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Generally, there is a lot of waiting while watching the tour.  If you are only at the stage for the day, you need to arrive at least a couple hours early if you want to claim a spot with an interesting vantage point. Climbs are a popular spot to watch as riders will often be slowed down if the grade is steep (although it is amazing how fast these guys climb). So you camp out for a few hours with friends, beers, kindles and all sorts of other means of occupying your time. Excitement builds throughout the day until Tour car traffic increases and the Caravan rolls through. The Caravan is basically a parade of sponsors that zooms thru throwing out free chotskies to the crowds. It is a good way to amp up the crowd before the racers arrive, but the competition for free hats and key chains can get crazy.

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But the real excitement comes when the sound of the TV helicopters overhead along with the chants of “allez, allez” from the crowd down road can be heard. This is when you know the riders will be coming in fast.

 

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Much of the route, including the important climbs, are open to the public up until a few hours before the riders arrive so everyday there are fans out on the routes cycling the course for the day. Riding some of the big climbs a few hours before the Tour when all the fans are out in force, camped out on the road, and well into their beverages was one of our favorite experiences. We were able to ride a number of classic climbs including Mt Ventoux (ouch), Grand Colombier, Col de Joux Plane, Saint-Gervais Mont Blanc le Bettex.

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Our ride up Mt Ventoux was quite something.  At the base, it was hot and closing in on 90. at the top, it chilled down to the 40’s.  It was a very windy day with gusts clocked in at over 160 km/hr and very strong sustained winds that were punishing when confronting them head on. Luckliy, there are many switchbacks so we were not always heading into it.  At the top, riders were being blown off bikes – it was crazy.  The next day, the Tour officials canceled the top of Mt Ventoux – the last 6kms because of the winds.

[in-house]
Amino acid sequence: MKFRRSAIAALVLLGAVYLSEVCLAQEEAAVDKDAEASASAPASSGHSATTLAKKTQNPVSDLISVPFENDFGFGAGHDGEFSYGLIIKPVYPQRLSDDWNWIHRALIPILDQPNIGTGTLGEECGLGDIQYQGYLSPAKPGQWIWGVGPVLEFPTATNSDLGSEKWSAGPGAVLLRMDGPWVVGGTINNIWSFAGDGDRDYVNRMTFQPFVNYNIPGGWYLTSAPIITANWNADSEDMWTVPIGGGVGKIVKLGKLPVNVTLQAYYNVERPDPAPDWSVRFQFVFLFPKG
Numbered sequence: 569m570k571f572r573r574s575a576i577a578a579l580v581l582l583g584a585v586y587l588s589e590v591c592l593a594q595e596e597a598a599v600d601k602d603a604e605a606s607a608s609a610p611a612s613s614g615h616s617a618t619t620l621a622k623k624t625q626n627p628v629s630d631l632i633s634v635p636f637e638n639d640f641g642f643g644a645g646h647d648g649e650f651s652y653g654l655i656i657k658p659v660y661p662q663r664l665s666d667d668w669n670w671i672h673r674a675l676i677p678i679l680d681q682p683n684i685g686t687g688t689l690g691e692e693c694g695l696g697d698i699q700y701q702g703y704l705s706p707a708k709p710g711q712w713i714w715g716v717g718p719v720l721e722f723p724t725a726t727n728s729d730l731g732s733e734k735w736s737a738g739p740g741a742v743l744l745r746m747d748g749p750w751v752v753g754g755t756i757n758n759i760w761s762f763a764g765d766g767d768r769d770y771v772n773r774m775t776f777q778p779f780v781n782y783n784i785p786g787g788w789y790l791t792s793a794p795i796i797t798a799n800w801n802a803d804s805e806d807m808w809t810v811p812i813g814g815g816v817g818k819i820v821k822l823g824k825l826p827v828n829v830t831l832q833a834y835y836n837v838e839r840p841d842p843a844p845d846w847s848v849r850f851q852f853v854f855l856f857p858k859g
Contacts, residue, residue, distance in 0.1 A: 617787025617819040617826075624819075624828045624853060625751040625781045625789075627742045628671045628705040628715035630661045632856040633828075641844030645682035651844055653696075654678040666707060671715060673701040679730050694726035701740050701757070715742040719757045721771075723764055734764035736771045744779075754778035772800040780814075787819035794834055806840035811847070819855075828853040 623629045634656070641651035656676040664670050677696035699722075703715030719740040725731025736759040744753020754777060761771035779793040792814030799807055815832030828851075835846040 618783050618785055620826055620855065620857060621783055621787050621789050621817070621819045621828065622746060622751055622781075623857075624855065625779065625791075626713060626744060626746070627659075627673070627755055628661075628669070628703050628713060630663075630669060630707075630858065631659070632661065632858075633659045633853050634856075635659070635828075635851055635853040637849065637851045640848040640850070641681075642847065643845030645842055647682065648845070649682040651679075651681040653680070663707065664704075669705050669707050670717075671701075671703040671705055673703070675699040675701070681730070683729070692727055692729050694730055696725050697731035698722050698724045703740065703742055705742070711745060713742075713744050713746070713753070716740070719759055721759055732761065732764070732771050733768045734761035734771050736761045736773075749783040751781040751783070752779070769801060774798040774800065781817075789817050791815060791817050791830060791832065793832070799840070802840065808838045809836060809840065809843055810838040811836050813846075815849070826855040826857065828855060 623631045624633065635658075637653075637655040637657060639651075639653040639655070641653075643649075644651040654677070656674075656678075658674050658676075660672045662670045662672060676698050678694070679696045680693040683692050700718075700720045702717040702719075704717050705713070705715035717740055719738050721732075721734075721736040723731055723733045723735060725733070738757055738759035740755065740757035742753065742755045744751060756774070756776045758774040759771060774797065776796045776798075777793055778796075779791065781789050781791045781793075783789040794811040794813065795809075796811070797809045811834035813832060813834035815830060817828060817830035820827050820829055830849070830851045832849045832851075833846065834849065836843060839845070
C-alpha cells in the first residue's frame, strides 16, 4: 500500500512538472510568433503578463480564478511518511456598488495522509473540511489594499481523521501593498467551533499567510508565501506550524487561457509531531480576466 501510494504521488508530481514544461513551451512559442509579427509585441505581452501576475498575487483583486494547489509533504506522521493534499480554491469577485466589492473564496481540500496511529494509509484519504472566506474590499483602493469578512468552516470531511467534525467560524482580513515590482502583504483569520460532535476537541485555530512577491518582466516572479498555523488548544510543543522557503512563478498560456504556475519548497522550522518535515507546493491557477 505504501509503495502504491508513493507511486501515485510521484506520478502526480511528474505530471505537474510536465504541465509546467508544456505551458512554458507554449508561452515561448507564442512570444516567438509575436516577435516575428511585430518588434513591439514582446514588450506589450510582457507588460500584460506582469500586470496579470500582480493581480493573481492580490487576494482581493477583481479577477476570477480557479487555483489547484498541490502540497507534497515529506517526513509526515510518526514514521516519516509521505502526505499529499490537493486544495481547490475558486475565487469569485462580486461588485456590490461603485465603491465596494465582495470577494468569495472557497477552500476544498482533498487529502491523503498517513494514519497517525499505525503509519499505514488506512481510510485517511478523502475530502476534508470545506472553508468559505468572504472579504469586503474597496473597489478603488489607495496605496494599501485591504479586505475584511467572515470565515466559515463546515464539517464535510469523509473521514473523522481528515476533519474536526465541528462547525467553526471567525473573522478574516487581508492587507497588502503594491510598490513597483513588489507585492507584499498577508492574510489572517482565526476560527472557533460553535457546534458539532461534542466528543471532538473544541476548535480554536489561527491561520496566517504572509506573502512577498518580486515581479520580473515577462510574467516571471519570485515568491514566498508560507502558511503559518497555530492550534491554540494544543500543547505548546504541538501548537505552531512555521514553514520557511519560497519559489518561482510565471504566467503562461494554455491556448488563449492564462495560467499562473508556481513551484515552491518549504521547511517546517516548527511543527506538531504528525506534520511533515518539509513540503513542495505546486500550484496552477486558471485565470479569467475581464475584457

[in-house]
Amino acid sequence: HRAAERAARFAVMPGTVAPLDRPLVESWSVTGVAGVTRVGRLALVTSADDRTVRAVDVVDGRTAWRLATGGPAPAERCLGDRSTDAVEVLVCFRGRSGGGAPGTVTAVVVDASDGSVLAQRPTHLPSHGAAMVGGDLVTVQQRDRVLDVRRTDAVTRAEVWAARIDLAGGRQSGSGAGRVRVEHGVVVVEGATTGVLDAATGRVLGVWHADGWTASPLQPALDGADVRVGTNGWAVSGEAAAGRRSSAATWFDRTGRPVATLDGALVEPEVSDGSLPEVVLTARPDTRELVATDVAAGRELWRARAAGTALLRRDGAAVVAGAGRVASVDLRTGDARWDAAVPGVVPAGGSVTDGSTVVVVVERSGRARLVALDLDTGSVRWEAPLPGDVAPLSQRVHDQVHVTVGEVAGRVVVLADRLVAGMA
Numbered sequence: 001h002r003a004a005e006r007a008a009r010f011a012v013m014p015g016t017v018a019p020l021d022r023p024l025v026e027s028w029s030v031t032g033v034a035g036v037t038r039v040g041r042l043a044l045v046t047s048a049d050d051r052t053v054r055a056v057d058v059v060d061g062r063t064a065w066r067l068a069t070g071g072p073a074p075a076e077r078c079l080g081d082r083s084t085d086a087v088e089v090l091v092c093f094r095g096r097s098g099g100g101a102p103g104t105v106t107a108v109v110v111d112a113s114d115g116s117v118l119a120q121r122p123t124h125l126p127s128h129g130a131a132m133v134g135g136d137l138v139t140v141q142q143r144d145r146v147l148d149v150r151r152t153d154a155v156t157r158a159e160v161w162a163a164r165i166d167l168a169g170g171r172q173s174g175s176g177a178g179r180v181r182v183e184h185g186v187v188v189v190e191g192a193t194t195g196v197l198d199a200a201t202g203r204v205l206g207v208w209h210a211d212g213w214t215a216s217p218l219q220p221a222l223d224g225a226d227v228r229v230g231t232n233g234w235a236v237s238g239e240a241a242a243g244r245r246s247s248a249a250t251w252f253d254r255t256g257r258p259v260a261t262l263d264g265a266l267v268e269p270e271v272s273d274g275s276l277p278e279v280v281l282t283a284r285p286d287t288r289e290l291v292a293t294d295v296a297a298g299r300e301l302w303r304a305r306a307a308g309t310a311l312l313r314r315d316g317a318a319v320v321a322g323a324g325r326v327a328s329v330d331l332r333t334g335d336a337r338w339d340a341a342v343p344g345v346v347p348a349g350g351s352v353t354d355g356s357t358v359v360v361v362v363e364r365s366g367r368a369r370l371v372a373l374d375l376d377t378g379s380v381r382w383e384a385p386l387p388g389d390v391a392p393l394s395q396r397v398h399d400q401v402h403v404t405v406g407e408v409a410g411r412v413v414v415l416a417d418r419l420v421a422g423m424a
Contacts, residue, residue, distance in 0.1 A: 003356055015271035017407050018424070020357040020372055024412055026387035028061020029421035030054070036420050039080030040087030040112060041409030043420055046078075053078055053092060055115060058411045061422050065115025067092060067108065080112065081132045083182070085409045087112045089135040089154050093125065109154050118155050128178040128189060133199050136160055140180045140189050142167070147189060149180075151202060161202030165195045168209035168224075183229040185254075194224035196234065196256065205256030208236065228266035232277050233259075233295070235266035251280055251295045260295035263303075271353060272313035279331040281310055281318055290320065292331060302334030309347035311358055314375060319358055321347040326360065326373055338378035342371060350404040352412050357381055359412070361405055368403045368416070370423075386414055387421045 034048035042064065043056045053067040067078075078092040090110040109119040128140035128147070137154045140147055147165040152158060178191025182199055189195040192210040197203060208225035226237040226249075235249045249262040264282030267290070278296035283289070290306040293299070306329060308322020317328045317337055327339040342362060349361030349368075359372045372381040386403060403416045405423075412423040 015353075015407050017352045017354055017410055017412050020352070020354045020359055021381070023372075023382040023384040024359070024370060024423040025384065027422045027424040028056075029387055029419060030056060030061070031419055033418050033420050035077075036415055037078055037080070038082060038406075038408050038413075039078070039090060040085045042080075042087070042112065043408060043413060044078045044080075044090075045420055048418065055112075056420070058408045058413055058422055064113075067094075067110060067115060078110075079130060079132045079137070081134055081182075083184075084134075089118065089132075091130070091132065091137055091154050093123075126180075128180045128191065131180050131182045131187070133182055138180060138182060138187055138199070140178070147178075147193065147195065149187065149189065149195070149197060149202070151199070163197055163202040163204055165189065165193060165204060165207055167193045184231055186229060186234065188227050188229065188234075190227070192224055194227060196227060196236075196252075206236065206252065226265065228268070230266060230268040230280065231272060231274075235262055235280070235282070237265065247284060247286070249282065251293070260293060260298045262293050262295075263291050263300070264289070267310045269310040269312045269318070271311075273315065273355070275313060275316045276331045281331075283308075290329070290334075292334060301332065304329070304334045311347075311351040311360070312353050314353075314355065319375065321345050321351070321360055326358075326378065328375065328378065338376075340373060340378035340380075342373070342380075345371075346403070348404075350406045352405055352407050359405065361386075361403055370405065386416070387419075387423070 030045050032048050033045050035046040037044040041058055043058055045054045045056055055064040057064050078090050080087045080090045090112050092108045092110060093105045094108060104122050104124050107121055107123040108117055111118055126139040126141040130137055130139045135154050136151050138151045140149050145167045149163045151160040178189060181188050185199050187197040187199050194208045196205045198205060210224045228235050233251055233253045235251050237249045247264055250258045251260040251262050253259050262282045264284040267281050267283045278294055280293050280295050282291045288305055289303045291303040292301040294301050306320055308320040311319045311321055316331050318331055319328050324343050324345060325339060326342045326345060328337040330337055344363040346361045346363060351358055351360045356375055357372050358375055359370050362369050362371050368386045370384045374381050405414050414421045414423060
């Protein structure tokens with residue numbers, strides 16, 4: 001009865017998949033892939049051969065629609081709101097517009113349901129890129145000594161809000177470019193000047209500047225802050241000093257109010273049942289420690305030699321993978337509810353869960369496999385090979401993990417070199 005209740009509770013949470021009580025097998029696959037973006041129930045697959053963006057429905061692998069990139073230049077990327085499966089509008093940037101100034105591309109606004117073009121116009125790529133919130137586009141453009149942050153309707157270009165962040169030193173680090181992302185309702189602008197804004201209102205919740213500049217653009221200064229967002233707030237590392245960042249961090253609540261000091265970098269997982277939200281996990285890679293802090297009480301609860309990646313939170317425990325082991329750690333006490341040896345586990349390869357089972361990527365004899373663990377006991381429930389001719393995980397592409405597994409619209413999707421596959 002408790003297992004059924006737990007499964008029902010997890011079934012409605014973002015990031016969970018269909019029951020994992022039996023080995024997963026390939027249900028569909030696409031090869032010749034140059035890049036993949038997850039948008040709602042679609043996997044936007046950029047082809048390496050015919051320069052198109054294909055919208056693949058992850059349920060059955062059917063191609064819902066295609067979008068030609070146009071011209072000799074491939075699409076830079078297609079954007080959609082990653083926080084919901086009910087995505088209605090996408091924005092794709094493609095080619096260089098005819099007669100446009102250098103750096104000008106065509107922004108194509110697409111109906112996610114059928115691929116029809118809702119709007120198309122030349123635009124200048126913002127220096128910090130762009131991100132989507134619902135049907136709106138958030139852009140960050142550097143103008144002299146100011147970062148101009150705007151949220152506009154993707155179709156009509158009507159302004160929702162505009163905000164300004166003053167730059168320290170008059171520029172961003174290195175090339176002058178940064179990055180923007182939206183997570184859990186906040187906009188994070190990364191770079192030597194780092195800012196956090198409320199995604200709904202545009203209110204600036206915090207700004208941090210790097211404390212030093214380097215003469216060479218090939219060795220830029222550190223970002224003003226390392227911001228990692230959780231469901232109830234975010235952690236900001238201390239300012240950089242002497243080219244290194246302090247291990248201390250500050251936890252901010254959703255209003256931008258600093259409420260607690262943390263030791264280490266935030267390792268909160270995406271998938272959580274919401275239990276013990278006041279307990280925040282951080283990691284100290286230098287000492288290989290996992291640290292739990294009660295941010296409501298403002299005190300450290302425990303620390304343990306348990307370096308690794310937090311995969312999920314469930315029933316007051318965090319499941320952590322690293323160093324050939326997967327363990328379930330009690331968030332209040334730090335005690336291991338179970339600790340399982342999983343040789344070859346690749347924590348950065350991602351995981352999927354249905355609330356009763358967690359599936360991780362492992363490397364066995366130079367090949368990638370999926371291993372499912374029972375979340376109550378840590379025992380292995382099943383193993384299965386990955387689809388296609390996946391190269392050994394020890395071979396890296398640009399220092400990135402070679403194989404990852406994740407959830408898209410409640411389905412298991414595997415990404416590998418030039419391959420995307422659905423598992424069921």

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Mountain stages are great ones to watch because they usually determine the winners, but they also slow the riders down so you can get a chance to see more of them as they roll by you.  On mountain stages (especially towards the end of the week), riders  can be strung out almost an hour( but all need to be within 20% of finisher to stay in the race).

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The riders have gone before you know it, and then you are rushing to get out of the town before the chaotic traffic begins. Small towns can get absolutely crushed.

We were able to see two time trial stages which are quite the experience because there is a lot more going on through out the day.  During time trials, riders navigate the course along competing for the fastest times. They usually start 2-3 minutes after each other so with 200 riders, there is a full day of starts or finishes or riders rolling by you.

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The Tour does not stop for rain.

Also, you can wander around the start village and view riders warming up before their race, talk with team mechanics, and check out the bikes up close.

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So much potential

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One of the time trials that we watched was an uphill mountain stage- a bit unique. We got the benefits of both a mountain stage and a time trial stage and were able to ride part of the climb early in the day so it proved to be a very interesting day.

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Included in our outing with the group were two VIP experiences that allowed us to get a bit closer and view the race in relative comfort.  The first such experience was at the finish line on Stage 15 which was a mountain stage but also included a circular route so the riders came through the finish line twice.  After riding the climb in the morning, we watched the race outside on big screen TV’s until the riders came by where we watched it live.  The “free beer” and finish line setting  had the crowd excited and we met all sorts of characters. Susan ended up hanging out with the mother of the owner of Team Dimension Data (they had a great tour this year).  Team Dimension, based in South Africa, is also a rather unique team in that they are associated with the Qhubeka Foundation.  The Qhubeka Foundation is a South African based non-profit that donates bikes to underprivileged kids who have achieved certain goals.